The thing about creating a PowerPoint presentation with ESOL students is that it has a very satisfying outcome and can be completed in a realtively short period of time which I think appeals to students (and teachers).

Compare this with a Blog in its early stages of creation: it can look a bit boring until its up and running and as I have found wiht this group ; it can be frustrating when it doen't look as good as they might have hoped. This should be where the comments facility should come into its own - if we had doen this Diversity project on a blog then sts could ask each other more information about their objects...mmm...might get them to transfer some of the info onto their Blogs and see how it goes.

Monday, October 29, 2007

Here's an example of what I'd like to try done in Australia:Room 20's blog
But I'd like to approach it in a less teacher controlled way...
Ideas for PET project at EHWLC within the ESOL Division

Following on from my sessions with the 16-19 ESOL Level 1 group and not being wholly satisfied with the way things are going I am thinking now of revising my approach.

I think that it would be of greater benefit to students if we could cut out the very time consuming set up steps and perhaps bring an already established Blog interface to the students for them to use as a class....the teacher would "drive" the Blog.

I have started to think along these lines for the following reasons:

  1. despite being quite a high level class in terms of their IT and English ability, they had/are having great difficulty in setting up their own individual Blog (just the process of following the straightforward EduBlog instructions proved very challenging and very frustrating fro them). Some students who missed a session were way behind others when tehy got back. I found that I was leaving some learners behind and found myself working with those who understood the format rather than teaching and including the whole class....not good. Some got bored with their lack of success and starting getting distracted with other online things.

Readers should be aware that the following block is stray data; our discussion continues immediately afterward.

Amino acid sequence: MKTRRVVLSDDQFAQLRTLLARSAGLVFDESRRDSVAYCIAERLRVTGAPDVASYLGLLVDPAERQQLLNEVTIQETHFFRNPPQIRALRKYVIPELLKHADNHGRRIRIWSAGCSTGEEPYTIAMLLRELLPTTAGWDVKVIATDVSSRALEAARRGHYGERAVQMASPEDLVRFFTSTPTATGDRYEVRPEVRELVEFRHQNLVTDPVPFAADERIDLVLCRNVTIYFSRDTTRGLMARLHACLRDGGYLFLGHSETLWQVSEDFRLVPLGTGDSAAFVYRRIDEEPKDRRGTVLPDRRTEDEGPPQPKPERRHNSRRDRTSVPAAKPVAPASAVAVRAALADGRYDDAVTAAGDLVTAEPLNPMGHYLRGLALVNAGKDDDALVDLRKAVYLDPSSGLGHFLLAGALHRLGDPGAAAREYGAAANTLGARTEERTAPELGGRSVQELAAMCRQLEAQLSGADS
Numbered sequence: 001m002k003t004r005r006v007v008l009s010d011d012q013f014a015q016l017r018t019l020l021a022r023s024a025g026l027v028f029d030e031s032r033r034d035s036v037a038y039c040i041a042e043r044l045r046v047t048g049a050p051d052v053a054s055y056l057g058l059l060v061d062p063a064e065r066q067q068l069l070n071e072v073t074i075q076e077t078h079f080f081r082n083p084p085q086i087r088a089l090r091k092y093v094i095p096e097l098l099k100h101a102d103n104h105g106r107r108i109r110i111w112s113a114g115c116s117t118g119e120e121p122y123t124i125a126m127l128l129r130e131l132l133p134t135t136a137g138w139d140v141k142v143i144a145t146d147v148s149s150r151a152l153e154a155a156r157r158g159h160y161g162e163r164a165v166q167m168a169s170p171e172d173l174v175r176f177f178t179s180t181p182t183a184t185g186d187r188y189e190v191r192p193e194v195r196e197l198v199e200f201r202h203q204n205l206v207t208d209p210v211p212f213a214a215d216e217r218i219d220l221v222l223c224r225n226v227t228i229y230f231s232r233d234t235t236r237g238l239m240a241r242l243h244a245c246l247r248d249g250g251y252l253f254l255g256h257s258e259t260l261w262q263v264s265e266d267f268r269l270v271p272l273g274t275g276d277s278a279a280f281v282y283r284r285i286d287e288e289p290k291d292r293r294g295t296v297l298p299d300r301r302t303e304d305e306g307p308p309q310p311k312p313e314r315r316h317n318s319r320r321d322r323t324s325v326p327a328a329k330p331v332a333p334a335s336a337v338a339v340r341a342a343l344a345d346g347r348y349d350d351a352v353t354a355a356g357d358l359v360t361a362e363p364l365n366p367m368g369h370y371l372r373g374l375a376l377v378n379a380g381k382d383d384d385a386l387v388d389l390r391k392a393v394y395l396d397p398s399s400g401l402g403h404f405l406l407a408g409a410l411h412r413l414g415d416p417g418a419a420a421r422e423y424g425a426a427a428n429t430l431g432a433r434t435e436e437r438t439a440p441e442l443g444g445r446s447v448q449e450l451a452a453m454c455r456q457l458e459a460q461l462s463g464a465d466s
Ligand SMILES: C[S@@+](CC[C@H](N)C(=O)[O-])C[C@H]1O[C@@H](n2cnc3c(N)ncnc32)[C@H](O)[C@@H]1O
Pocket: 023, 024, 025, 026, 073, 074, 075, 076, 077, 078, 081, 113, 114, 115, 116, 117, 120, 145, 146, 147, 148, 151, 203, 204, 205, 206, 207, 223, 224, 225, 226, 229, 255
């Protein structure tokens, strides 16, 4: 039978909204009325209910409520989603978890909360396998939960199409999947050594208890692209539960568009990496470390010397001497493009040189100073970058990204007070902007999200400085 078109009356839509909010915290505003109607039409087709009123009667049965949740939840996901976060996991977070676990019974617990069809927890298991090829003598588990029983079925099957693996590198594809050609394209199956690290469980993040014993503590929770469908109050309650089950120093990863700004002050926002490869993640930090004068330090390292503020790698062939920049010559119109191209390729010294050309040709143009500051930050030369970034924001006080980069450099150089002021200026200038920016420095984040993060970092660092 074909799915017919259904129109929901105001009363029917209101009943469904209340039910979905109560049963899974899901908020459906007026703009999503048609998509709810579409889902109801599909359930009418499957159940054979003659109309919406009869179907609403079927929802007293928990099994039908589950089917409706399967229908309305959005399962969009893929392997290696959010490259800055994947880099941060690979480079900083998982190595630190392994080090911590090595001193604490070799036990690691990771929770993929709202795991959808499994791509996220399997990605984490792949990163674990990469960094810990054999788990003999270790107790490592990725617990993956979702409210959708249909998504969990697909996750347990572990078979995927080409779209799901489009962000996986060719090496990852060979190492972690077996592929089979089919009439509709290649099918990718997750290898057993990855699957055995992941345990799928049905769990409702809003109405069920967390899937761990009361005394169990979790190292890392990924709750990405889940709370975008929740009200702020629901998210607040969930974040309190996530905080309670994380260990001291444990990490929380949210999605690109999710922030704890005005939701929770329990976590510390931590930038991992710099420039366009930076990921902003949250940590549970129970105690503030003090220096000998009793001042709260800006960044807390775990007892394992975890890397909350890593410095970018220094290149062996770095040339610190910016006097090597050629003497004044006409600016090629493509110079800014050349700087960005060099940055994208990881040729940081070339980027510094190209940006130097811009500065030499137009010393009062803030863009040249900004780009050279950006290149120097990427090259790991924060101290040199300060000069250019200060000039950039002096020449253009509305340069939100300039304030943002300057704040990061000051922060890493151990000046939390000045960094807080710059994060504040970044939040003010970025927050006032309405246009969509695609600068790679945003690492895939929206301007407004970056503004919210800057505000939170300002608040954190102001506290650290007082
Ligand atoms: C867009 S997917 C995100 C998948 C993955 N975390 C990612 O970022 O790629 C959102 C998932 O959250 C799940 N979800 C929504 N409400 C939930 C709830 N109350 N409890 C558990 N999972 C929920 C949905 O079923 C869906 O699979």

2. They are currently very isolated from each other - even tho' I linked some of their attempts to a webpage to be viewed thro the Studnet Portal, the students were not really interested in looking at each others Blogs via the net - some did physically move to look at another's work onscreen but i really think that it woudl be more beneficial for us to try and get students to work on a project togther, as a class. I am sure that personal Blogs would work in other subject areas where learners have more research/ language ability/autonomy but the whole point of using this medium with ESOL students, I feel, is to facilitate communication with each other.
  3. The ESOL classes have one and a half hours timetabled in IT rooms per week and this is quite a long time to concentrate purely on Blogging. We have been doing webquests for years now in order to develop students' internet research skills so the idea of receiving a task from the Class Blog, posted by the teacher, and then the students (in groups or individually) goign onto the web to find answers/info then bringing back this information to one place seems to me more manageable an activity. The next step would be for students to then comment on what others bring back to the project...